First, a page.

Pre-dinner make sure you sample a botanical cocktail or two in the Baa Bar. The ‘Bergamot Margarita’ with italicus and lemon is a fresh jolt, well balanced with a light bitter and floral spice. The hotel’s signature cocktail ‘Take Thyme’ is the ultimate aperitivo – a finely-tuned concoction of sapling vodka, lemon thyme and plum sake.
Ease into dinner by sampling the ever-changing crostini – the courgette, mint & salted ricotta are particularly delicious. For starters, expect plates such as grilled squid in a buttery chilli sauce with green beans, and perfectly-ripe roast peach with tomato and goat’s curd. Generously sized mains are a gastronomic whip around the English countryside – roast pork, served with baby leeks and sweet and sticky apple sauce, a rack of perfectly pink lamb with coco beans, lardo and anchovy fried rosemary sauce.
For something more low-key and informal, hop across the road to The Swan pub for gastro-pub delights such as the juicy Swan burger and chips or a classic chicken pie and creamy mash potato.
Thyme’s cooking school’s classes centre on top-notch produce and aim to inspire seasonal creativity in cooking – make sure you check out the schedule on the website and book into some fun (and incredibly useful) classes à deux.
Thyme began its life as a cookery school in 2014, with an ambition to grow (as organically as its surrounding farms) into an authentic village-style spot that preserves and protects the surrounding natural splendour and rural rhythms. Thyme is still family-owned and run, led by Caryn Hibbert alongside her husband Jerry, with her eldest son Charlie Head-Chef, and daughter, Camilla (Milly) General Manager.
The original mission and purpose of Thyme is keenly felt throughout the hotel today, with the quietly efficient and totally charming team very much in tune with the emphasis on nature, heritage and the riches of the land.
While welcoming children over 12, Thyme is an unapologetically grown-up destination (music to most honeymooners ears). There is an option for younger children to stay in Old Walls cottage, where they are welcome to lunch at the Ox Barn but must have dinner at The Swan.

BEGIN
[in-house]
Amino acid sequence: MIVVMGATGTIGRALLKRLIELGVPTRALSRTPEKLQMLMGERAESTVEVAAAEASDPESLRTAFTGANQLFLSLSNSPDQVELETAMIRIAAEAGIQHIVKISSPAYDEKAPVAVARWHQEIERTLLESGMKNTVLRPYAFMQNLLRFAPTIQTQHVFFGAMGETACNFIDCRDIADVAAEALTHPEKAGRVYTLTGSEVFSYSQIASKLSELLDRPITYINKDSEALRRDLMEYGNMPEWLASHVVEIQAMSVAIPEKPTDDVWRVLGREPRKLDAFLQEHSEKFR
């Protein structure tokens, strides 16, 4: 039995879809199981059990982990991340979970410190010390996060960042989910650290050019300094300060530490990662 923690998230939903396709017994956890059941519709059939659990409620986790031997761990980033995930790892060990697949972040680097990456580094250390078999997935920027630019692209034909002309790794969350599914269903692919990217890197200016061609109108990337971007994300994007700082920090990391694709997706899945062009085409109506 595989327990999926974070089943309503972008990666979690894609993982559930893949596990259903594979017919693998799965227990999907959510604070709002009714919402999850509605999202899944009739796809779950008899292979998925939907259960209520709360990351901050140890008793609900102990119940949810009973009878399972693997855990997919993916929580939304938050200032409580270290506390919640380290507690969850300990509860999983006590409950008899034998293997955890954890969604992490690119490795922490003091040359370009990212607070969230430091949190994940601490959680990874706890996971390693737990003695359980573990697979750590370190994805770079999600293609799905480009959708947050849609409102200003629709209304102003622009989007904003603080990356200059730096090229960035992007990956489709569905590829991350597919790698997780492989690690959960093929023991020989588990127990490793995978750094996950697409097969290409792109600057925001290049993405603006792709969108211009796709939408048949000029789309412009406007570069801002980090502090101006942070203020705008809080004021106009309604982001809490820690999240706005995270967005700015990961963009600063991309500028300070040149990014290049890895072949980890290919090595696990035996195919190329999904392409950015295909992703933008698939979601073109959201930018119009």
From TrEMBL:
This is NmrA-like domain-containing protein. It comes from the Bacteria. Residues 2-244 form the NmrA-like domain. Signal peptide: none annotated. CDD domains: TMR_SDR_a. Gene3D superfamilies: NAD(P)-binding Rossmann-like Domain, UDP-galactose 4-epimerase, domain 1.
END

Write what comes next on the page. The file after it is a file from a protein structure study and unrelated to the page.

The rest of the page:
The Meadow Spa is a haven of restorative pastoral calm. Opt for the signature treatments such as the Thyme Body Ritual – a full body massage and scalp treatment using Aurelia London oils, incorporating body brushing and hot stones. Aurelia London, was one of the first brands to pioneer the use of probiotics in skincare, gelling neatly with Thyme’s nature-first philosophy.
Make sure you spend some time wallowing in the spring water swimming pool, set in an old walled garden and jacuzzi, gazing up at the parkland-style trees as you float. The sedum roof of the newly renovated Orchid House is covered with native orchids, attracting a kaleidoscope of butterflies and honey bees, while offering an ethereal spot for a time out. The spa’s simple menu offers light-lunch style salads and fresh garden juices (as well as rosé and bubbles). This is a beautifully tranquil enclave to dissolve any pre-wedding nerves or soak into for a cast-adrift style minimoon.
Throughout Thyme’s evolution, thoughtful and conscious living has been at the forefront of every decision, from the building projects to the sourcing of produce and products.
Sustainability is at the heart of the kitchen’s modus operandi – there is a rigorous composting, reuse and recycle policy in place and all staff are working to achieve ‘no-waste kitchens’, with prep and plate waste sent for anaerobic digestion where it is converted into fertiliser. Thyme works with Bertioli (proud member of 1% for the Planet, a global membership of businesses which gives back to the environment with every sale) for on the ground initiatives that protect wild spaces, reinstate nature and reconnect people with the land.
The outdoor pool is heated through a clever solar system that doesn’t waste energy and even uses a state-of-the-art filtration system, maintaining a chlorine-free environment. No eco-stone is left unturned at Thyme.
Thyme is surrounded by rolling, idyllic English countryside steeped in history, while under just two hours from London. Kate Moss chose picture-postcard pretty Southrop for her wedding and lives in a neighbouring village to this day. Guests can take a map and head out on long romps through the surrounding countryside or hop on the hotel bicycles to explore neighbouring chocolate box villages and towns. If you are looking for something a little more adventurous or historical, some of the country’s most beautiful private gardens and houses – Blenheim Palace, Hidcote Manor, Rousham House and the Cotswold Wildlife Park – are all within close driving distance.
Room rates start at £400 (midweek) / £450 (Friday and Saturday) per night. NB. Two nights’ minimum stay.